Nigerian Press: Role, Impediments, And Freedom To Right Its Operations

By: Esther Oguntuase

The press is quite equivalent to the nature of water which is an indispensable part of human life and its existence which implicitly calls the shots in the decision-making process of both the people and the government. Reasons being that it is the string between the hierarchical members of the society.

The press is recognized as the fourth estate of the realm since its emergence and now, it still maintains this nomenclature due to its relevant role by working alongside the three other arms of government as a body that stands to check, legislate, and maintaining a stable, sane and functioning society.

Nigeria, as it’s constitutionally stated operates on the principle of democracy and social justice. Therefore, Government is required to serve the people and this can be done through accountability, effective communication, and dissemination of information which is the major duty of the press.

To work successfully on this path, just as provided by section 39, chapter four, article 22 of the constitution of Nigeria, the press is at all times free to uphold the fundamental objective of the constitution and highlight the responsibility and accountability of the government to the people. Hence, they act as a link and lead in educating citizens about their rights and facts provided by the authorities.

Also stated in the constitution is that every person is entitled to freedom of expression and to hold opinions, receive ideas and information without any hurdle. Unfortunately, things have fallen apart as the press is systematically being constrained in performing their divine activities.

No press in the world has enjoyed absolute freedom, judging by the recent and subsequent series of events that have unfolded, the Nigerian press cannot be regarded as a free one even though the constitution made a clear provision for its autonomy.

Mr. Sodiq Ojuroungbe, the editor of platform times assert his notion on this and said the press in other countries is faced with challenges as well but the situation of the Nigeria press seems to be more complex and difficult due to the level of poverty which is very high accompanied by other factors like ownership, legal pressure, direct censorship, etc.

He further explained that poverty is a major obstacle in every sector in Nigeria with no exclusion from the media. “Poverty can hinder the truthfulness in the flow of information which is an impingement on the entitlement of the press to be free.”

He added that the payment of journalists’ salaries, provision of independent media in terms of ownership to shut out external influence, and the review of government’s policies are the only solutions to attain a free and independent press in Nigeria.

Mr. Adejumo Kabir, the assistant head of southwest operations at premium times disclose that ‘members of the press are not really free in Nigeria’ and they are also a bit free because the press is still able to carry out their responsibilities in a bid to hold the government accountable as provided by the constitution but on the other hand, the press is not free because of the actions taken by the Nigeria government towards the press.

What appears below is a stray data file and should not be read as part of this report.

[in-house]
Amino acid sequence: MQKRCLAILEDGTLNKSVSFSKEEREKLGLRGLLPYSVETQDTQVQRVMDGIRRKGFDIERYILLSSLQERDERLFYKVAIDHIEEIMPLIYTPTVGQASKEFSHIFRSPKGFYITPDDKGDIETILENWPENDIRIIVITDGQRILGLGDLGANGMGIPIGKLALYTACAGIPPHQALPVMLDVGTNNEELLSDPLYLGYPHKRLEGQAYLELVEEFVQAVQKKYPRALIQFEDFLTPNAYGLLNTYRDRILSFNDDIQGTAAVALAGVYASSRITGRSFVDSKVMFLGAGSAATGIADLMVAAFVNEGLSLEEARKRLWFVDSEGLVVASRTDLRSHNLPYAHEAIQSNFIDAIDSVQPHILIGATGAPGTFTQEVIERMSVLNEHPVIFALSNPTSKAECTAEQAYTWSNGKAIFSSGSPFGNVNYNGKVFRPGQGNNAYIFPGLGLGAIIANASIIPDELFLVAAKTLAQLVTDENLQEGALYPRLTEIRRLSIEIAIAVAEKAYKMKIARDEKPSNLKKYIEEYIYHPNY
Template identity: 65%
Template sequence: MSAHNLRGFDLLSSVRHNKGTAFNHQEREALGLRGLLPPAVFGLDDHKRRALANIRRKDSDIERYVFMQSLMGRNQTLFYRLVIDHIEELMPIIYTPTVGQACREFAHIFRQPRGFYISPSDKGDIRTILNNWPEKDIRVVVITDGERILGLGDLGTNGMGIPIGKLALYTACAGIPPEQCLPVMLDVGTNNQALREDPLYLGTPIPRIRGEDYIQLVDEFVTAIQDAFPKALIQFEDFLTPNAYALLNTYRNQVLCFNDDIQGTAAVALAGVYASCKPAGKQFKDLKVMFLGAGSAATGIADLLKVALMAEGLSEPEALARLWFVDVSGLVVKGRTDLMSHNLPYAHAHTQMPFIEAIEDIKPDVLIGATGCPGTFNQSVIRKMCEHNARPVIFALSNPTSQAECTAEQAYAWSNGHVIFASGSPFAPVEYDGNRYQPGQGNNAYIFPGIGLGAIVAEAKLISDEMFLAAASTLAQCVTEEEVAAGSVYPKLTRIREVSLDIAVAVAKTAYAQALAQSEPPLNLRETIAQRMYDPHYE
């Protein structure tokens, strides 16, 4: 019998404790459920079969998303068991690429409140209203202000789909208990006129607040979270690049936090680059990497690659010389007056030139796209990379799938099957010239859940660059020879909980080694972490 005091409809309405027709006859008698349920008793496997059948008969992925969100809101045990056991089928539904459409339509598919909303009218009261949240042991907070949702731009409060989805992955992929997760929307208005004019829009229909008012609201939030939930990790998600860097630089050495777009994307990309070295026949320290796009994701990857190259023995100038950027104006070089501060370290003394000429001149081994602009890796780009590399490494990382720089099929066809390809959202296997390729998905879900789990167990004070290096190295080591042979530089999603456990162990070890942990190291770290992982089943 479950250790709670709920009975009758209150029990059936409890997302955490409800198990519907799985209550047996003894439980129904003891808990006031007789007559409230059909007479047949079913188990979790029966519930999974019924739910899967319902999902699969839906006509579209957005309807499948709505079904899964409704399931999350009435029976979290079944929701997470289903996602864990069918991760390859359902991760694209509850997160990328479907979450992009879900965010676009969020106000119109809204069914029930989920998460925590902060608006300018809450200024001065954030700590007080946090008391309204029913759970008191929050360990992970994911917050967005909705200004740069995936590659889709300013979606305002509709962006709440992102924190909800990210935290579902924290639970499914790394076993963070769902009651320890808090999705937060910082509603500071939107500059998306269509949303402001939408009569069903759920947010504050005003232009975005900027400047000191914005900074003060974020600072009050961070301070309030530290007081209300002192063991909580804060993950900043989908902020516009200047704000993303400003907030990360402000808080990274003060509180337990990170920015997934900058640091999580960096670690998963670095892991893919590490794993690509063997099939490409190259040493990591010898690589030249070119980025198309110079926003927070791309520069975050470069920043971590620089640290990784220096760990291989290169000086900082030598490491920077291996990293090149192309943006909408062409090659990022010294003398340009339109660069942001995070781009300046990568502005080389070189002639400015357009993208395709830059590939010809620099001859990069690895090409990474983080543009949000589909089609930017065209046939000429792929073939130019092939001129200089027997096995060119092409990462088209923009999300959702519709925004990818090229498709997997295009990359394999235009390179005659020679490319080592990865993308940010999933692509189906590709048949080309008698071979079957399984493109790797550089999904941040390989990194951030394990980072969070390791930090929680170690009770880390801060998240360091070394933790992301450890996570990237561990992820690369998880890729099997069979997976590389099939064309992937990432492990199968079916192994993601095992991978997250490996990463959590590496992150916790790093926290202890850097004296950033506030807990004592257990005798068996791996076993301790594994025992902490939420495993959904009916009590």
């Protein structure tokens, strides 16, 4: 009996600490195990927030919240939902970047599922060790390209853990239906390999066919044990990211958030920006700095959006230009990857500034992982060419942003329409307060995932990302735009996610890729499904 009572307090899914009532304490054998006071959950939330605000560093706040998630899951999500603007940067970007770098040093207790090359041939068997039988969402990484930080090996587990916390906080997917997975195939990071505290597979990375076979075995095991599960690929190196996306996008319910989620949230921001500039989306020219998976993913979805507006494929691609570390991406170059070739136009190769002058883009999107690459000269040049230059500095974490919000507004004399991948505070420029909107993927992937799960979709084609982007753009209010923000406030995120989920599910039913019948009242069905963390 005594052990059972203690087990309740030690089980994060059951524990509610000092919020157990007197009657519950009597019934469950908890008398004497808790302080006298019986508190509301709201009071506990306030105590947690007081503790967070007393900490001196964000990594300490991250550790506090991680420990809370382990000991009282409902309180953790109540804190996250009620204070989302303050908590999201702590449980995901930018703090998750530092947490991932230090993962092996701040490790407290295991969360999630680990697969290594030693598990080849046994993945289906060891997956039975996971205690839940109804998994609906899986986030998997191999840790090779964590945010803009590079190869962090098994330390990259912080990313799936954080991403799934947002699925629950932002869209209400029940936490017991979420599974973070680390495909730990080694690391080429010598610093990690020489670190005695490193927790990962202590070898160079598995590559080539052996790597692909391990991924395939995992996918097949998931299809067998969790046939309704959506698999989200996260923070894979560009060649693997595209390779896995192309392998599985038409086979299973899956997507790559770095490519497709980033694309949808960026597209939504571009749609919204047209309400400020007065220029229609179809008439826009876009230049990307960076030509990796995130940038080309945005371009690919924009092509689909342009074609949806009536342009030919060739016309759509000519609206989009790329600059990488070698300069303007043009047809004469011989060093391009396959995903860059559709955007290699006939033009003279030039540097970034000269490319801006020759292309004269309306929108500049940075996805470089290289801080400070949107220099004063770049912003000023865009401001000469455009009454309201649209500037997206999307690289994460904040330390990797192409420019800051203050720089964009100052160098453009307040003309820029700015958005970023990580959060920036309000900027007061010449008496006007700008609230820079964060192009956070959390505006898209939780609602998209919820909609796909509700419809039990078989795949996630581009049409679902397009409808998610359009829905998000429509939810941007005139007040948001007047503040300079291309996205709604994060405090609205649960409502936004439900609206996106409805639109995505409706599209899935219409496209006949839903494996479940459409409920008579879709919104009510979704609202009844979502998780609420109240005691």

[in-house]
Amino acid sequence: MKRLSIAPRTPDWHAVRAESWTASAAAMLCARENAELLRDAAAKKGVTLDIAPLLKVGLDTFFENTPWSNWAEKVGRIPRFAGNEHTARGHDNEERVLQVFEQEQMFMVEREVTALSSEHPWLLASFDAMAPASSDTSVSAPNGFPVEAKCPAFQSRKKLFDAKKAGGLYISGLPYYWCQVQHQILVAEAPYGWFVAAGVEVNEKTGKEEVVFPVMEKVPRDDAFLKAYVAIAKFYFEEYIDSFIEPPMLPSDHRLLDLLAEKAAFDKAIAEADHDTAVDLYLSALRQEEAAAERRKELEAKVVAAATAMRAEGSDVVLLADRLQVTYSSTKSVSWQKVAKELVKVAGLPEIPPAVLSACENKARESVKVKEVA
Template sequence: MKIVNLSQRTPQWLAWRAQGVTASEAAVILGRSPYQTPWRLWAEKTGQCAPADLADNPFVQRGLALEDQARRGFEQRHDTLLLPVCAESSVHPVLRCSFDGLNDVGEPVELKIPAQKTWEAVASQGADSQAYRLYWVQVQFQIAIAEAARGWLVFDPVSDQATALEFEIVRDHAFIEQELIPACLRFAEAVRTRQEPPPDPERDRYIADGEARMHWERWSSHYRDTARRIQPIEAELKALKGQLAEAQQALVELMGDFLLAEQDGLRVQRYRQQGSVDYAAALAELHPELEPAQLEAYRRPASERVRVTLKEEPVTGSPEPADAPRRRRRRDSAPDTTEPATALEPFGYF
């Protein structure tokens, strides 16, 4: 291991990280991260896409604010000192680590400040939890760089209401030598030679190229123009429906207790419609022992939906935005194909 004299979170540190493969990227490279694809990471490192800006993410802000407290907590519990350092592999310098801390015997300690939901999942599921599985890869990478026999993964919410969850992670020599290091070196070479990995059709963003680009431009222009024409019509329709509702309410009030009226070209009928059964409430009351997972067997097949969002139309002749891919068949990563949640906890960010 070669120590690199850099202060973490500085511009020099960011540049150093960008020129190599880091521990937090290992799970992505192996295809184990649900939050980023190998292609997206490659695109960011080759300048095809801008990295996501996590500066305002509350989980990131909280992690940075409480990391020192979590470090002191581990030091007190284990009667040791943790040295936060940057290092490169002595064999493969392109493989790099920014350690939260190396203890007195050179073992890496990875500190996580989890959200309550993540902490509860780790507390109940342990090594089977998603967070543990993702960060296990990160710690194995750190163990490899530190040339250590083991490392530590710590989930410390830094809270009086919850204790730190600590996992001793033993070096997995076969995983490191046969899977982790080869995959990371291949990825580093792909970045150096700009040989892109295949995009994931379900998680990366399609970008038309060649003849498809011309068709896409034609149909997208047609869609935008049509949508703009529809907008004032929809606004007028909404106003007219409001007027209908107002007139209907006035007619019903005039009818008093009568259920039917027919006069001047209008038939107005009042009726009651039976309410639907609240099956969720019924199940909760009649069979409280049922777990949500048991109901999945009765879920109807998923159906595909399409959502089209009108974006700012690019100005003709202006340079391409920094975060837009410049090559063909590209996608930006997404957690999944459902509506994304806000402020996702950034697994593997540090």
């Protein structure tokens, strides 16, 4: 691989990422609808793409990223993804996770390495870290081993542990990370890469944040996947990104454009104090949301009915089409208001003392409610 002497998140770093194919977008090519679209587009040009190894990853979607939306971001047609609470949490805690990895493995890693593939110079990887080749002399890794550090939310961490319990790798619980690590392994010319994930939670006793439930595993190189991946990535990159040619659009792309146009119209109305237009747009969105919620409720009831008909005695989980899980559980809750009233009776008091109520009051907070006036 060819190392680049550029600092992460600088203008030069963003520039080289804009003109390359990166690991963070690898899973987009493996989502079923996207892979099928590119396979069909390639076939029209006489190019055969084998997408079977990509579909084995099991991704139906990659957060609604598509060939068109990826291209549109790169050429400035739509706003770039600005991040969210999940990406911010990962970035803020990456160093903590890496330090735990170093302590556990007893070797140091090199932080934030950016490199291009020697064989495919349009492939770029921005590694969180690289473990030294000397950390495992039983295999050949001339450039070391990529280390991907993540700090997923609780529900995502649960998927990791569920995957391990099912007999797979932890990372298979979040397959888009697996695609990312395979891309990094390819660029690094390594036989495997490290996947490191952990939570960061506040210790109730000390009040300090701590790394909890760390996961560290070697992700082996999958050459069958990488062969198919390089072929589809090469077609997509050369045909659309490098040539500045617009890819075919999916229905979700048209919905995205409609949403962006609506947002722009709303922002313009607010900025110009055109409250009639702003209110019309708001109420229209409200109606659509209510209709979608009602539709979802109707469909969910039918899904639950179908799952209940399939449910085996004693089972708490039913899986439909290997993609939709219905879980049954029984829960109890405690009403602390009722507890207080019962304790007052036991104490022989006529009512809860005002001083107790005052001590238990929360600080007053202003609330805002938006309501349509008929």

He cited an example of the recent event of NBC trying to suspend channels Tv and Arise television based on an interview with IPOB members which is against the provision of the constitution as stated that everyone is entitled to freedom of expression.

He also stated that the arrest of pressmen is a clear indication of the press without liberty and that non-adherence to the law is also a major challenge as there is no respect for the law.

He added that journalists must as well shun ‘brown envelope journalism. “Media houses should employ competent hands that can point out errors, right the wrongs in society, and use their pen to demand change and justice. Journalists should also be adequately paid to guide their decision against inappropriate practices.”

Adesola Ikulajolu; a campus journalist at Adekunle Ajasin University said that Nigeria is short of a free press because journalists are always being attacked and threatened. Press freedom is a builder of society and once it is rooted in a society, it gives room for developmental journalism.

He added that with the full entrenchment and recognition of press freedom, and the obedience to it, an independent press can be achieved.

Ejiro Umukoro, a media executive, investigative journalist, and media mentor explain that press freedom in Nigeria is a mixed bag of constraints in some areas because the legislative arm of government which is responsible for the review of the law is beginning to hijack its responsibility and abuse their privilege in the manner which they try to intimidate the press so that the Nigeria press act can be reviewed in a certain manner.

She said… “There should not be a mix-up in each arm’s functions. The press should not be toyed with because they check the excess and also report the other arms of government.”

She emphasizes that the principle of checks and balances should spell out any problems of any arm of  Government and one should not interfere with the other.

She added that the nature of journalism goes with risk as it deals with the business of truth.

“You have to stand for something and fight for something. In journalism and journalists in general, the goal is to understand our job as the watchdog, exposing the truth and protecting citizens from propaganda”.

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